This change in the reward is positive, which is what one wants if one wants to maximize the reward.

Comparison of CASE1 and CASE2

In CASE1, we need to calculate the derivative of the model M with respect to the hidden parameter \theta:


In CASE2, we do not need to calculate any derivatives at all of the model M. (That is why it’s called a Black Box algo). We do have to calculate the derivative of P(\theta|\lambda) with respect to c_1 and c_2, but that can be done a priori since P(\theta|\lambda) is known a priori to be the Beta distribution:

\frac{d}{dc_j}\sum_\theta dist[M(\theta), P(\theta|\lambda)]= \sum_\theta \frac{d dist}{dP(\theta|\lambda)} \frac{dP(\theta|\lambda)}{dc_j}

So, in conclusion, in CASE1, we try to find the value of \theta directly. In CASE2, we try to find the parameters c_1 and c_2 which describe the distribution of \theta‘s. For an estimate of \theta, just use \langle \theta \rangle given above.

July 1, 2018

Is Quantum Computing Startup Xanadu, Backed by MIT Prof. Seth Lloyd, Pursuing an Impossible Dream?

Filed under: Uncategorized — rrtucci @ 5:44 pm

As all Python programmers learn soon, if you ever have a question about Python, it’s almost certain that someone has asked that question before at Stack OverFlow, and that someone has provided a good answer to it there. The same company that brings Stack Overflow to us, now brings also “quantum computing stack exchange” (beta started 3 months ago). I’ve answered a few questions there already. Here is the first question I asked:


Quantum Edward, Quantum Computing Software for Medical Diagnosis and GAN (Generative Adversarial Networks)

Filed under: Uncategorized — rrtucci @ 7:28 am

Quantum Edward at this point is just a small library of Python tools for doing classical supervised learning by Quantum Neural Networks (QNNs). The basic idea behind QEdward is pretty simple: In conventional ANN (Artificial Neural Nets), one has layers of activation functions. What if we replace each of those layers by a quantum gate or a sequence of quantum gates and call the whole thing a quantum computer circuit? The replacement quantum gates are selected in a very natural way based on the chain rule of probabilities. We take that idea and run with it.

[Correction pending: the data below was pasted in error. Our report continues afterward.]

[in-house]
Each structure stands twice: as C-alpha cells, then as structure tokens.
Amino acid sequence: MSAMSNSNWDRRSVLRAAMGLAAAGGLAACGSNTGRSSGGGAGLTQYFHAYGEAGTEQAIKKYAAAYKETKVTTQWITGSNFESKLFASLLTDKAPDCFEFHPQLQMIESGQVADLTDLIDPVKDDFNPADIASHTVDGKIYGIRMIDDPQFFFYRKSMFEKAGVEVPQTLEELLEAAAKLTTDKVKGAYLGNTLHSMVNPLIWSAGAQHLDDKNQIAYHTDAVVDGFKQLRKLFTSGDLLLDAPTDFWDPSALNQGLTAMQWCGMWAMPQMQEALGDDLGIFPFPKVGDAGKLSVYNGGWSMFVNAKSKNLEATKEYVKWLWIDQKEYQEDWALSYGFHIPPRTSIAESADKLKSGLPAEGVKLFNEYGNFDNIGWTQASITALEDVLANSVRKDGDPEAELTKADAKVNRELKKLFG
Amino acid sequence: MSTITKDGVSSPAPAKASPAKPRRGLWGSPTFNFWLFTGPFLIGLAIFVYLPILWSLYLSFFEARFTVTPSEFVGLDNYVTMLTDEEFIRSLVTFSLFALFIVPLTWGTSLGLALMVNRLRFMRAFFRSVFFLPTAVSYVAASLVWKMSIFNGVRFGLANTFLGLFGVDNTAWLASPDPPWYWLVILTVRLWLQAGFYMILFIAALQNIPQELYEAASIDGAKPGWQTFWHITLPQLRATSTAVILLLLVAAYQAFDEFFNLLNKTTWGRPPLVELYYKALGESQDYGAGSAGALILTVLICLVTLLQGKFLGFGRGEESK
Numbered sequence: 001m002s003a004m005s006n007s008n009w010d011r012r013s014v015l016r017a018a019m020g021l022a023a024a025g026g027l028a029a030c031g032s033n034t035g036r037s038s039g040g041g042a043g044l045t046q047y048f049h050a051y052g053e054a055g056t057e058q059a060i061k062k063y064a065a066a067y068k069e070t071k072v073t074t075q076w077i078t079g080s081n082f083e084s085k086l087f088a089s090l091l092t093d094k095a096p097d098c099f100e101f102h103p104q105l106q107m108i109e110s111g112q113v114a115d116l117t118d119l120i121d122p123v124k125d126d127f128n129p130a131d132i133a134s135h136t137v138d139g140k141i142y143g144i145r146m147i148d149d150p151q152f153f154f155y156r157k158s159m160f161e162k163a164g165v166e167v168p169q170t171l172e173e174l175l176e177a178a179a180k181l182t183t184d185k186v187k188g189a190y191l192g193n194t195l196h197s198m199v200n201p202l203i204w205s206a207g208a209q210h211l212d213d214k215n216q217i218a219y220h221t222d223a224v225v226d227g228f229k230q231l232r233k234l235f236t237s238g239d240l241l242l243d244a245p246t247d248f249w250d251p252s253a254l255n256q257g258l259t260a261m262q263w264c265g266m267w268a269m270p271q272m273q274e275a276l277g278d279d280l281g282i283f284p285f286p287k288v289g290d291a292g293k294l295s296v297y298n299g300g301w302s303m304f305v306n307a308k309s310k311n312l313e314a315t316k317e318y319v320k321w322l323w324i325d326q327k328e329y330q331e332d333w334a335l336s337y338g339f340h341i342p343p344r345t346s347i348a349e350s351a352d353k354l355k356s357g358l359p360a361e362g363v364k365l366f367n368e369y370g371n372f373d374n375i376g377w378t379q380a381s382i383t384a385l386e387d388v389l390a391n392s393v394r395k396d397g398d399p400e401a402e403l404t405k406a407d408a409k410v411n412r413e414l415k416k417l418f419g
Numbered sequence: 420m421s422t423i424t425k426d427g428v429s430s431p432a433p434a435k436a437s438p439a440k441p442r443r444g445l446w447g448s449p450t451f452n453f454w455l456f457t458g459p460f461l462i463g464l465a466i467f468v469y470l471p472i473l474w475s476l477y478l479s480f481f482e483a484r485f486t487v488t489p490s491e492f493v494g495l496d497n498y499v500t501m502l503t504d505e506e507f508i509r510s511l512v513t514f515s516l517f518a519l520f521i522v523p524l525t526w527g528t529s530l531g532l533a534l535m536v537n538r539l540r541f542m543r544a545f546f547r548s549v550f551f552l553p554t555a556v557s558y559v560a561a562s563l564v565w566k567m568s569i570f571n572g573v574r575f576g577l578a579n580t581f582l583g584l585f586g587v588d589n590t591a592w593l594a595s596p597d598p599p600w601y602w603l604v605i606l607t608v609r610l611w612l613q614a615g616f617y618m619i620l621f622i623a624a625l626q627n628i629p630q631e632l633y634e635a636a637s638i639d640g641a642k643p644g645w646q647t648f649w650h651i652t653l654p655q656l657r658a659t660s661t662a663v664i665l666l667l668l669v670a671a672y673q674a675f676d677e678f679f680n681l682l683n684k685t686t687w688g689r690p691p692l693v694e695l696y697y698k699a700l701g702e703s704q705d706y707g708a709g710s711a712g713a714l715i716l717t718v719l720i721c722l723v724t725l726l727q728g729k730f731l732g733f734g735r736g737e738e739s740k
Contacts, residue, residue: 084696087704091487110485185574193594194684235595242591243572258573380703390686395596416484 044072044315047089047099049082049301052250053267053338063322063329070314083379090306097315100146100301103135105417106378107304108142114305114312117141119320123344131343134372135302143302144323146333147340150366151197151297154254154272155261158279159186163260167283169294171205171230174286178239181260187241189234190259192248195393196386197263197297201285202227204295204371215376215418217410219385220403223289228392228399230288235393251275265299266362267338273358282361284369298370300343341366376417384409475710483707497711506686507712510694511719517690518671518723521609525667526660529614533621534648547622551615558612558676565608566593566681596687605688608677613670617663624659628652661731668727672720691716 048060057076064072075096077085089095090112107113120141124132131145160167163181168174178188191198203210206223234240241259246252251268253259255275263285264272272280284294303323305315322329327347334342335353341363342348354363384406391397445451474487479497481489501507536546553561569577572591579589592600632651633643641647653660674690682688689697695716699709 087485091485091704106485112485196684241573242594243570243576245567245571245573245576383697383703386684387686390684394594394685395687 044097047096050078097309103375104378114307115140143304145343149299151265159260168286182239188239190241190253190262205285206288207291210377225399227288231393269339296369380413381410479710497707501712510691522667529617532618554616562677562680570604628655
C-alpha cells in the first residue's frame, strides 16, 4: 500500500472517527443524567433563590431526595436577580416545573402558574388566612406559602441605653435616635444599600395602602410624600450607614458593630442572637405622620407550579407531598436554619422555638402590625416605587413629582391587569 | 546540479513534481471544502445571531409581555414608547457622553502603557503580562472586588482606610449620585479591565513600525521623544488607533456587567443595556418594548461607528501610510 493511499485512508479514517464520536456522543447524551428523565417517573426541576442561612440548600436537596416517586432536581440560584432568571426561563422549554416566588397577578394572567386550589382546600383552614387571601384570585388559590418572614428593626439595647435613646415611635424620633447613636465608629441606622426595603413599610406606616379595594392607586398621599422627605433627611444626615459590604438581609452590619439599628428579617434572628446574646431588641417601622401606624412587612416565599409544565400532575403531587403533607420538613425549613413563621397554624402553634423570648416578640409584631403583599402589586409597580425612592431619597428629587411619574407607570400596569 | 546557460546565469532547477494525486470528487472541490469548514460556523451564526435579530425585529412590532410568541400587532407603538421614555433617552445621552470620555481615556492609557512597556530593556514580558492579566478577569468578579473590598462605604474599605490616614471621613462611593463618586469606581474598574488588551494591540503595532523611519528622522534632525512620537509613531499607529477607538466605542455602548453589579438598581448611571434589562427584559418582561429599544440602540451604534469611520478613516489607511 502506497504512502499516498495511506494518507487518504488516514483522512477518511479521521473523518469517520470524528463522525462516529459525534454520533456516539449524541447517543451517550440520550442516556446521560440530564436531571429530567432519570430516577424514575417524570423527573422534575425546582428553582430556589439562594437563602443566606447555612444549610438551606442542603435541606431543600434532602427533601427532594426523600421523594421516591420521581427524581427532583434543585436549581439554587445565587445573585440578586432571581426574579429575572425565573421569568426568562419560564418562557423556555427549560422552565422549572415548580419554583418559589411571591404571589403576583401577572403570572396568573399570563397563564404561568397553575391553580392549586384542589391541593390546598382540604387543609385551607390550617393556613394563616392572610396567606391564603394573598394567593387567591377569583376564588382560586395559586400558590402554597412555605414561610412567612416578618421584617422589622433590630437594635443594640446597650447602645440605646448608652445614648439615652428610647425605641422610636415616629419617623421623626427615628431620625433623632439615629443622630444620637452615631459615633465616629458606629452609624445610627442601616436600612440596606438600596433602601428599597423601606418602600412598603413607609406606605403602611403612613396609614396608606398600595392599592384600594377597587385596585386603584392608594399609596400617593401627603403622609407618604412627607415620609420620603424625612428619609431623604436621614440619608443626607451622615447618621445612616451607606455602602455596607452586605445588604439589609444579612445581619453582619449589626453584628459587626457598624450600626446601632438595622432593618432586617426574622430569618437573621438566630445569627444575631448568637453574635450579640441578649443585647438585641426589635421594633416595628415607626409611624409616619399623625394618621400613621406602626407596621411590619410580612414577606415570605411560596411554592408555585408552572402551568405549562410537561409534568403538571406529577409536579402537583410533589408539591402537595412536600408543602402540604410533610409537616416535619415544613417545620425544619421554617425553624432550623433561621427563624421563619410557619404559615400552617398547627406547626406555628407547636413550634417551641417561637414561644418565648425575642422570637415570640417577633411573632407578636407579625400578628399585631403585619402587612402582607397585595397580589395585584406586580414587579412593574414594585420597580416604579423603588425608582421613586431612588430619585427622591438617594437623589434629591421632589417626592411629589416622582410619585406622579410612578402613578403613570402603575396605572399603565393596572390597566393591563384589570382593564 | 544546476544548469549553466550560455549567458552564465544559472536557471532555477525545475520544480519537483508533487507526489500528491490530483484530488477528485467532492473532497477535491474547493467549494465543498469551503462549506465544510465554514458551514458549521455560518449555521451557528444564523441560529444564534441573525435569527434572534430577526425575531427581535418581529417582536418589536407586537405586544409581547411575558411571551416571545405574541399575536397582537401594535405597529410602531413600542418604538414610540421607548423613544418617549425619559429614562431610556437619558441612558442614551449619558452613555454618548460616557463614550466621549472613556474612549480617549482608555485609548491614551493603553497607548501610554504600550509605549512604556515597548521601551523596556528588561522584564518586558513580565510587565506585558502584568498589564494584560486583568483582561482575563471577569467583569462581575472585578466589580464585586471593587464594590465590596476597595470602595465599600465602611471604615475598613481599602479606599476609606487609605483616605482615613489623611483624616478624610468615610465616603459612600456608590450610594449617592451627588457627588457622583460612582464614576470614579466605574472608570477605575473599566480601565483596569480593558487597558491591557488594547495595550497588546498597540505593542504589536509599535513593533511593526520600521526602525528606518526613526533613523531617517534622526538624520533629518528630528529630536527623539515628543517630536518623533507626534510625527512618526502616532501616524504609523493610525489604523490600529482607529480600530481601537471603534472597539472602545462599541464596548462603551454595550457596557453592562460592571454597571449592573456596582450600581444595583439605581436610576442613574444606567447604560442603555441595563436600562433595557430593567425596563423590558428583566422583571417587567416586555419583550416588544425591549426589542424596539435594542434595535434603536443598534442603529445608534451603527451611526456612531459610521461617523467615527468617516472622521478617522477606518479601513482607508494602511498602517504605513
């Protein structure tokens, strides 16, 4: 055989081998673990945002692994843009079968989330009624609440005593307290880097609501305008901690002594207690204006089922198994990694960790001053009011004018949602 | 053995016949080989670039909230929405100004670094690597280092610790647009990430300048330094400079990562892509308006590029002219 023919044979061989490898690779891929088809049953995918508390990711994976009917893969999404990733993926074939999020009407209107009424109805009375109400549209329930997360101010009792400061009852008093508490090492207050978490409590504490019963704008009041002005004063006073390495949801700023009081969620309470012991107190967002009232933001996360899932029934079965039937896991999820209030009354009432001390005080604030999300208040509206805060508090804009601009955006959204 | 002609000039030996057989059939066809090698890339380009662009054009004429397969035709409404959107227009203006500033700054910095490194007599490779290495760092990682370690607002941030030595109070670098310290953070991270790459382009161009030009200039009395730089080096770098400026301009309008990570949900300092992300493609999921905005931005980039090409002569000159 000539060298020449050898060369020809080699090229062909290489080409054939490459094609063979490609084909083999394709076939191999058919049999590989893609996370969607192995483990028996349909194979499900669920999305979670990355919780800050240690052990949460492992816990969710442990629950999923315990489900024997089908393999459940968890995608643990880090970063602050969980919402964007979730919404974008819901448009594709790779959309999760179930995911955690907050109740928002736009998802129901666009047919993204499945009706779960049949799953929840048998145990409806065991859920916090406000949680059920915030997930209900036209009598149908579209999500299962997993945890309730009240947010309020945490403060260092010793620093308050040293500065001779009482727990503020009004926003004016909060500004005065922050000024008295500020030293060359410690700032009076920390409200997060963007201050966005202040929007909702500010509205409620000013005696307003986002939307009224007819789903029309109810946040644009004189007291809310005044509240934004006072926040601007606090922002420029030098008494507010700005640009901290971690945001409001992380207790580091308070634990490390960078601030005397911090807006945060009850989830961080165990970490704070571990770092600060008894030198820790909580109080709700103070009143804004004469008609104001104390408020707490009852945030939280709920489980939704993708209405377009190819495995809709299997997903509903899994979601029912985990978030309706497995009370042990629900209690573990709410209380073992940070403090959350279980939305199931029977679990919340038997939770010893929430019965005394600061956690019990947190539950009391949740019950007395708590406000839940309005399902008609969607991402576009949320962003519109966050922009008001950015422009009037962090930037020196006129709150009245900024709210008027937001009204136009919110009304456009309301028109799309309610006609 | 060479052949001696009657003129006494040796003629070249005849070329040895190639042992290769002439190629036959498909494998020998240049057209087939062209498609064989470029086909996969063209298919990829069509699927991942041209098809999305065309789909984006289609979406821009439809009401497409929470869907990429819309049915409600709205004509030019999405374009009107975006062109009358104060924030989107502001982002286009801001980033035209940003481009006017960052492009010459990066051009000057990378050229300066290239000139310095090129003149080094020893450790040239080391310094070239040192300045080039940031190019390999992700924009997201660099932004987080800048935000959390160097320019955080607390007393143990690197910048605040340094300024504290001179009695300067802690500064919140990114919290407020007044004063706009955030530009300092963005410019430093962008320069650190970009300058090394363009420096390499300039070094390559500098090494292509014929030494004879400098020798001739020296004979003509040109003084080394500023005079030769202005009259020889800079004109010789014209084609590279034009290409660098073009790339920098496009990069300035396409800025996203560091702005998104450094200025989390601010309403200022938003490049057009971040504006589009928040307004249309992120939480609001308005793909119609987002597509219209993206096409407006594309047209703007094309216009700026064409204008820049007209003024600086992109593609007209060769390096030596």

As the initial author of Quantum Edward, I am often asked to justify its existence by giving some possible use cases. After all, I work for a startup company artiste-qb.net, so the effort spent on Quantum Edward will not be justified in the eyes of our investors if it is a pure academic exercise with no real-world uses. So let me propose two potential uses.

(1) Medical Diagnosis

It is interesting that the Bayesian Variational Inference method that Quantum Edward currently uses was first used in 1999 by Michael Jordan (Berkeley Univ. prof with same name as the famous basketball player) to do medical diagnosis using Bayesian Networks. So the use of B Nets for Medical Diagnosis has been in the plans of b net fans for at least 20 years.


More recently, my friends Johann Marquez (COO of Connexa) and Tao Yin (CTO of artiste-qb.net) have pointed out to me the following very exciting news article: